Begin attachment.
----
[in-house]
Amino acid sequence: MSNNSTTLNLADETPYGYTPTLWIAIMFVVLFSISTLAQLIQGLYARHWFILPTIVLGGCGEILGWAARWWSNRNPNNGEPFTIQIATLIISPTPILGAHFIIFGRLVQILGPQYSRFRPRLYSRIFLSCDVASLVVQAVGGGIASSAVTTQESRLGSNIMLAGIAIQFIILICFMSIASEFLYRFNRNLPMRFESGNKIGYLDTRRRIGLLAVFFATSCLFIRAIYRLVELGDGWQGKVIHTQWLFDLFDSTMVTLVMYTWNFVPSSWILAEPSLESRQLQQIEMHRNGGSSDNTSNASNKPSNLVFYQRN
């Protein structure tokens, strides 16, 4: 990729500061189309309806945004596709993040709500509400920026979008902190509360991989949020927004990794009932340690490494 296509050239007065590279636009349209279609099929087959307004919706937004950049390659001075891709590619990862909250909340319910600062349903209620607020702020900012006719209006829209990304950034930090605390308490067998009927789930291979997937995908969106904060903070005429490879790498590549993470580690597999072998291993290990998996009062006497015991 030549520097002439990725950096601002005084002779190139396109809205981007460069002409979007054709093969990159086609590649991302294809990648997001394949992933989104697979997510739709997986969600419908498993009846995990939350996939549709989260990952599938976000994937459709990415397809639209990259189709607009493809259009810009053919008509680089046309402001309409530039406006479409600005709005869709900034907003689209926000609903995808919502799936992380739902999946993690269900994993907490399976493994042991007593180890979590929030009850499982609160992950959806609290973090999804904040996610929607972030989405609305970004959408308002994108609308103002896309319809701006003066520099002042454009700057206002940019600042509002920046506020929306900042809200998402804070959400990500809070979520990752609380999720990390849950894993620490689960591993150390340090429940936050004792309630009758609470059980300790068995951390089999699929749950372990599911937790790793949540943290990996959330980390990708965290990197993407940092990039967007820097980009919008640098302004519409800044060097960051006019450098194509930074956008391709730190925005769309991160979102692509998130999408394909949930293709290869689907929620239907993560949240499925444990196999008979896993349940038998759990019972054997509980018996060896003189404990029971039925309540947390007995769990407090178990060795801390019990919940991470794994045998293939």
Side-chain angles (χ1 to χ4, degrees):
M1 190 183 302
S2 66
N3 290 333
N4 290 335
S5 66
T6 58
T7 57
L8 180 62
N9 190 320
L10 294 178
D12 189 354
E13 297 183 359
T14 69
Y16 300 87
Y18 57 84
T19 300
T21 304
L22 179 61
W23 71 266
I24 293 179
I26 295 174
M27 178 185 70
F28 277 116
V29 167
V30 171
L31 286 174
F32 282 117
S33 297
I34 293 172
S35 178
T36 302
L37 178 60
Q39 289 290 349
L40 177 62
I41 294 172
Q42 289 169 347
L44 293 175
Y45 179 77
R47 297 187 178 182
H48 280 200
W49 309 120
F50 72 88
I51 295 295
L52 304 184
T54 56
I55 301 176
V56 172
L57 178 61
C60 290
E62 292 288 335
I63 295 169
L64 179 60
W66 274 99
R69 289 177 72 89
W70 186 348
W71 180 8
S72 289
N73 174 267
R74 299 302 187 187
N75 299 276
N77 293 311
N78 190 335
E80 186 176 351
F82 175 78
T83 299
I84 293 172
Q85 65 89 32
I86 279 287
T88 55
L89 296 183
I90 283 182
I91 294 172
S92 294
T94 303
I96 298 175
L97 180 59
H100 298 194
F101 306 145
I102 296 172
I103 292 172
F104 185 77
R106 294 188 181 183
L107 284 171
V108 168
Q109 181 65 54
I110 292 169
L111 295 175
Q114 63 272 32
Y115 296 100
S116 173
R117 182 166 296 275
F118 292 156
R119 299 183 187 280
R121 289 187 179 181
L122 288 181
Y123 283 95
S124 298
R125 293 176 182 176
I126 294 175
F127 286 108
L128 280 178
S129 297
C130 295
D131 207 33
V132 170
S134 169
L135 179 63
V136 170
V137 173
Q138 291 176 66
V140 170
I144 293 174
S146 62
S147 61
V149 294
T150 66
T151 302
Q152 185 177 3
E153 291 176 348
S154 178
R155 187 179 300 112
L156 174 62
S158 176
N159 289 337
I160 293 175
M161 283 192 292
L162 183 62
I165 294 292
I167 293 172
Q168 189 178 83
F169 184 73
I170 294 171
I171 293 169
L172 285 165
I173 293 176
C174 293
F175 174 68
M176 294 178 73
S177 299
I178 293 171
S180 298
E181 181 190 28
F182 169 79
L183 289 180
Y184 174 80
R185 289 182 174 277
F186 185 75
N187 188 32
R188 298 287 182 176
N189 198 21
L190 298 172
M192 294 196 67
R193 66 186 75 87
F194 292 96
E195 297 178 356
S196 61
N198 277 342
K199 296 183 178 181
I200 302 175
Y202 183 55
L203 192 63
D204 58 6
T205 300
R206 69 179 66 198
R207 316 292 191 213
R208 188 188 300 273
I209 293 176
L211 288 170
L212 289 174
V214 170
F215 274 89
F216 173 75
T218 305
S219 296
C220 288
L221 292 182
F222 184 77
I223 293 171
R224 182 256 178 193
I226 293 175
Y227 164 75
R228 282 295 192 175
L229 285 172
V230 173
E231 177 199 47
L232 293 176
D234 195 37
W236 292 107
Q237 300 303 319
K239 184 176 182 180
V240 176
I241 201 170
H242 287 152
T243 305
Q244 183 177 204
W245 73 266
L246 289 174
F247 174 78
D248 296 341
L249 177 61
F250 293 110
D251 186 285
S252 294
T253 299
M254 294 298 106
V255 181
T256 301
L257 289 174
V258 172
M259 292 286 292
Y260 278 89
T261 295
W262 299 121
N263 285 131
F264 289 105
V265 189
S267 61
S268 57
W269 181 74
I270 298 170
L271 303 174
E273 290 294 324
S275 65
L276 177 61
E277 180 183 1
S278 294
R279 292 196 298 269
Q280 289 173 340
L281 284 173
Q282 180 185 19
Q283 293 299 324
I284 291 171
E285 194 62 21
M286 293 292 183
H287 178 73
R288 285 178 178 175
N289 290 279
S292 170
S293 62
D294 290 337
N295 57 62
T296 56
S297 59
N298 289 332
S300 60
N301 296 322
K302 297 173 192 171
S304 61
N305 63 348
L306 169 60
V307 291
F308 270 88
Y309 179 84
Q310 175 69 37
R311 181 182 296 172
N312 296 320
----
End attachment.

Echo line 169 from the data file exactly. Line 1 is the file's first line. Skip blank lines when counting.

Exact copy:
R207 316 292 191 213